Joshua Cheptegei Outkicks Yomif Kejelcha To Join the Great Kenenisa Bekele as World XC and 10,000m Champs in Same Year

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By LetsRun.com
October 6, 2019

DOHA, Qatar — World cross country champion Joshua Cheptegei held off a spirited challenge from world indoor mile record holder Yomif Kejelcha over a thrilling last lap to win the men’s 10,000 tonight at the 2019 IAAF World Athletics Championships. The two men ran side by side for much of the final lap but Cheptegei, running on the inside, never let Kejelcha get by and in the end, he pulled away over the final 100 to win in 26:48.35 to Kejelcha’s 26:49.34.

Cheptegei won by running 55.38 for his last 400 to cap off a 4:03.66 final 1600 and 13:14.13 final 5000. With the win, Cheptegei joins the great Kenenisa Bekele as the only people to have won both World XC and World or Olympic 10,000 gold in the same year (Bekele did it three times — 2003, 2004 and 2005 — while Khalid Skah is the only other person to win a global 10,000 title on the track and a World XC title but he didn’t do it in the same year).

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19-year-old Rhonex Kipruto of Kenya, who did most of the leading in the second half until Cheptegei took the lead with just over 1200 meters remaining, earned the bronze in 26:50.32 in a race that saw six men break 27:00, including Mohammed Ahmed of Canada, who became the first Canadian to break 27:00 by running 26:59.35 to place 6th. Ahmed’s training partner Lopez Lomong of the US was 7th in a huge personal best of 27:04.72 (previous pb of 27:30.06), which moved him to #3 on the all-time US list.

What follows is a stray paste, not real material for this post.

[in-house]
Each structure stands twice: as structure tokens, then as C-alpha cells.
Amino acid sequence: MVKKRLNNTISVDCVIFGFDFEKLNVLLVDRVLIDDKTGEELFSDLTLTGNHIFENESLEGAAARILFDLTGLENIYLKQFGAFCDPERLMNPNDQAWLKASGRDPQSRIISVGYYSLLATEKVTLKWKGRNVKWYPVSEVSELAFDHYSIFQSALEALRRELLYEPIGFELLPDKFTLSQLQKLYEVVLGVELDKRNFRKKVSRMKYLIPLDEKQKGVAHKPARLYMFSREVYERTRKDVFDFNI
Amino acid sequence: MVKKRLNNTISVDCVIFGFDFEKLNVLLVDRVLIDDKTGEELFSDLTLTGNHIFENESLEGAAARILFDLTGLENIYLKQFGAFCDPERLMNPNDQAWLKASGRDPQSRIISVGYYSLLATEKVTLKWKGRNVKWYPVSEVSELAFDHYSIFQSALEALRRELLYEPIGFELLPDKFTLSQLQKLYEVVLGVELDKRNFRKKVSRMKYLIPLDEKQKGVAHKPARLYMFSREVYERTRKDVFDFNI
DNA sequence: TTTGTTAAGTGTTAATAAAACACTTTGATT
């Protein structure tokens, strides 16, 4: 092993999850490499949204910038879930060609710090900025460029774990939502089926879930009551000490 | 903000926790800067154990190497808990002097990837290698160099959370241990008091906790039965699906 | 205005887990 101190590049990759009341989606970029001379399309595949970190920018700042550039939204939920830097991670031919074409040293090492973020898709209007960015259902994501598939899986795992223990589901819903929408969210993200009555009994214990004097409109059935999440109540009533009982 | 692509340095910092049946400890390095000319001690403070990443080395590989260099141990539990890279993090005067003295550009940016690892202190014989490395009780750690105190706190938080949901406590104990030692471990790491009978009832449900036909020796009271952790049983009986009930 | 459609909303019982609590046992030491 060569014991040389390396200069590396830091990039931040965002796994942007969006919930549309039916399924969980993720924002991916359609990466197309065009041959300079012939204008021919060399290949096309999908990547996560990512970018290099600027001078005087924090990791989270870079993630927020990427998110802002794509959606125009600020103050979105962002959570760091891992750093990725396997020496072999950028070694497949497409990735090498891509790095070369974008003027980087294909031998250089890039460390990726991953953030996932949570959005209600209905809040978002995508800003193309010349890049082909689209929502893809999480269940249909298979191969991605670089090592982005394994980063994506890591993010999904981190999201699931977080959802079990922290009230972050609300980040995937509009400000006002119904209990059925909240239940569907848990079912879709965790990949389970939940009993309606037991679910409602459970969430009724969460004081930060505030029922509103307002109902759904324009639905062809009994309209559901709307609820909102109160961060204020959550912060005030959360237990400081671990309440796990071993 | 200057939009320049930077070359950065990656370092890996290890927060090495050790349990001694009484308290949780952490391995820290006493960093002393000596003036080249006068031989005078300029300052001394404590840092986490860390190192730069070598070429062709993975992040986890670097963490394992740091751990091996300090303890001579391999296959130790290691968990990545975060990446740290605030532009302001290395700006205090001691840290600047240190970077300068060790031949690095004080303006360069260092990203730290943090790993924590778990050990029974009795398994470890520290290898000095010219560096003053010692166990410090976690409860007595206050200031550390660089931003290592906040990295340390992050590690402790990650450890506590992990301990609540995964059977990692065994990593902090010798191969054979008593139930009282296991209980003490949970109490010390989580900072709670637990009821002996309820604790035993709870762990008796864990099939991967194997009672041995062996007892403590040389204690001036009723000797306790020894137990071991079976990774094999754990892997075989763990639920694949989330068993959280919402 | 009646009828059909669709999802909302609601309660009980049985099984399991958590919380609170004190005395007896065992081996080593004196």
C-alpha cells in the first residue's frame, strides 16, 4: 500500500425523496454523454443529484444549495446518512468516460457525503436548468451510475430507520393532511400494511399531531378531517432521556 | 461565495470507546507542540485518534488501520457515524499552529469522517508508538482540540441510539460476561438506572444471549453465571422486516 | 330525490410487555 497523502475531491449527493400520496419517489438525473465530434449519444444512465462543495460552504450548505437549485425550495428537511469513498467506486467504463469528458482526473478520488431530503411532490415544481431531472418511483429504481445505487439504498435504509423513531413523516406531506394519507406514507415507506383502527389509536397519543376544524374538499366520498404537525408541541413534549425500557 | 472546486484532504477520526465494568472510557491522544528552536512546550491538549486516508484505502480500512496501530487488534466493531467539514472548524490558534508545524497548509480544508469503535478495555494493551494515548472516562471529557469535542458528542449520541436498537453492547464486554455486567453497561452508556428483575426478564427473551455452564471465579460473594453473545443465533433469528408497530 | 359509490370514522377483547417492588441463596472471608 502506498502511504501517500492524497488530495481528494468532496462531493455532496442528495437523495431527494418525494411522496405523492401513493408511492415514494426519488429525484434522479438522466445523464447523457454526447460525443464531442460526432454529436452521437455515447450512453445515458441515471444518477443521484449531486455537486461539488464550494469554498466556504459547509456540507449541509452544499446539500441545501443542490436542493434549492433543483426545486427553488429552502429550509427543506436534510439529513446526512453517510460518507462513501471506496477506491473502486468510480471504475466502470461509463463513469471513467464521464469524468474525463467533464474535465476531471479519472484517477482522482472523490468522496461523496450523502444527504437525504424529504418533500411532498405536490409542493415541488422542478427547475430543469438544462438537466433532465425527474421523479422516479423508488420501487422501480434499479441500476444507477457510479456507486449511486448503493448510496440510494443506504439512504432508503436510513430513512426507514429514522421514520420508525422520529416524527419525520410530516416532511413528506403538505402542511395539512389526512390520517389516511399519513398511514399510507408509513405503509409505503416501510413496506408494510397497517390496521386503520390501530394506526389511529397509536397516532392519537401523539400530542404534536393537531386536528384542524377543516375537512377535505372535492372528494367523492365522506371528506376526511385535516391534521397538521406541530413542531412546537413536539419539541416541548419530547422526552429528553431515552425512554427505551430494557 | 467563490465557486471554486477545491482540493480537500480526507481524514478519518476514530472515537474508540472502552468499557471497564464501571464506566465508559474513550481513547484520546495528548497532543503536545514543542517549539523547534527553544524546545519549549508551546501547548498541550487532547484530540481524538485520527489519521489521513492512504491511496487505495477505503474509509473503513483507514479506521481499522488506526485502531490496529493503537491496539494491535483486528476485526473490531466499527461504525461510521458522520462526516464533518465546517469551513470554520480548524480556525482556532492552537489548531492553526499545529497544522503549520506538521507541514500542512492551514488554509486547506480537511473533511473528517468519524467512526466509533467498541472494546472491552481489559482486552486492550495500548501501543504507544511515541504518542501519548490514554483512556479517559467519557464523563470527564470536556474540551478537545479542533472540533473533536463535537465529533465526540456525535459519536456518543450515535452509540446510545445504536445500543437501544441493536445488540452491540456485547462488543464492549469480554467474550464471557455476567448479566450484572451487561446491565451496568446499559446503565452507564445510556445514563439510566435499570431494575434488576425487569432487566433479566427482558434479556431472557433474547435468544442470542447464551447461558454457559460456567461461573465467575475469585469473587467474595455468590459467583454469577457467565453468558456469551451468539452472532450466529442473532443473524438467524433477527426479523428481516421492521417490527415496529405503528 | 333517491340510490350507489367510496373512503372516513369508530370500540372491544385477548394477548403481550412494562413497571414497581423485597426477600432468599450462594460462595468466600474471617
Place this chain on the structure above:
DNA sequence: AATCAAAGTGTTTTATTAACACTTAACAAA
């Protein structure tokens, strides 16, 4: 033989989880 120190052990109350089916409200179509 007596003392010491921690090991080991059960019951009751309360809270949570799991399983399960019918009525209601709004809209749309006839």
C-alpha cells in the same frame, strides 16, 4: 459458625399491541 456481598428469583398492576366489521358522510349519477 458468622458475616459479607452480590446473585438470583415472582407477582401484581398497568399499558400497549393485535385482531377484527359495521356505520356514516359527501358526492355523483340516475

In addition to Ahmed, Yemaneberhan Crippa of Italy set a national record at 27:10.76.

Watch the finish of the race here:

If you want to see a little bit more of the last lap, try this link.

LRC analysis and post-race videos below results.

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Results
1 Joshua CHEPTEGEI UGA 26:48.36 WL
2 Yomif KEJELCHA ETH 26:49.34 PB
3 Rhonex KIPRUTO KEN 26:50.32
4 Rodgers KWEMOI KEN 26:55.36 PB
5 Andamlak BELIHU ETH 26:56.71
6 Mohammed AHMED CAN 26:59.35 NR
7 Lopez LOMONG USA 27:04.72 PB
8 Yemaneberhan CRIPPA ITA 27:10.76 NR
9 Hagos GEBRHIWET ETH 27:11.37
10 Shadrack KIPCHIRCHIR USA 27:24.74 SB
11 Alex KORIO KEN 27:28.74 PB
12 Sondre Nordstad MOEN NOR 28:02.18
13 Leonard KORIR USA 28:05.73
14 Soufiane BOUCHIKHI BEL 28:15.43